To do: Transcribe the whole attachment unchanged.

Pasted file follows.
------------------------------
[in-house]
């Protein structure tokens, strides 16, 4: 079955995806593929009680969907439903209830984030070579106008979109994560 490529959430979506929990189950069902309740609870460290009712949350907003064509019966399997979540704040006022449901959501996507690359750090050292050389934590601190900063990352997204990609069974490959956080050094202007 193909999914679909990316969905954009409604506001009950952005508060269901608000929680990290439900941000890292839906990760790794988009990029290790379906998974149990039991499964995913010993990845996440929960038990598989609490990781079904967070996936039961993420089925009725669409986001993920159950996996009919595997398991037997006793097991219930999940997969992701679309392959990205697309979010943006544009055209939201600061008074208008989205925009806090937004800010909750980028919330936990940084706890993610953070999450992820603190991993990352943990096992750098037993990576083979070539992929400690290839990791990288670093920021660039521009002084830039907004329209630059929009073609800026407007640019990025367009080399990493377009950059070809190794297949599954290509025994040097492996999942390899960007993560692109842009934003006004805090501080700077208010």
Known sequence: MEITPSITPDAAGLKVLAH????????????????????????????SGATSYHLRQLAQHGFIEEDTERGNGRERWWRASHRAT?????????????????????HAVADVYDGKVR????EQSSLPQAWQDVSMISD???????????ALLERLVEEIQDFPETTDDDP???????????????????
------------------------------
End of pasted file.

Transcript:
[in-house]
């Protein structure tokens, strides 16, 4: 079955995806593929009680969907439903209830984030070579106008979109994560 490529959430979506929990189950069902309740609870460290009712949350907003064509019966399997979540704040006022449901959501996507690359750090050292050389934590601190900063990352997204990609069974490959956080050094202007 193909999914679909990316969905954009409604506001009950952005508060269901608000929680990290439900941000890292839906990760790794988009990029290790379906998974149990039991499964995913010993990845996440929960038990598989609490990781079904967070996936039961993420089925009725669409986001993920159950996996009919595997398991037997006793097991219930999940997969992701679309392959990205697309979010943006544009055209939201600061008074208008989205925009806090937004800010909750980028919330936990940084706890993610953070999450992820603190991993990352943990096992750098037993990576083979070539992929400690290839990791990288670093920021660039521009002084830039907004329209630059929009073609800026407007640019990025367009080399990493377009950059070809190794297949599954290509025994040097492996999942390899960007993560692109842009934003006004805090501080700077208010």
Known sequence: MEITPSITPDAAGLKVLAH????????????????????????????SGATSYHLRQLAQHGFIEEDTERGNGRERWWRASHRAT?????????????????????HAVADVYDGKVR????EQSSLPQAWQDVSMISD???????????ALLERLVEEIQDFPETTDDDP???????????????????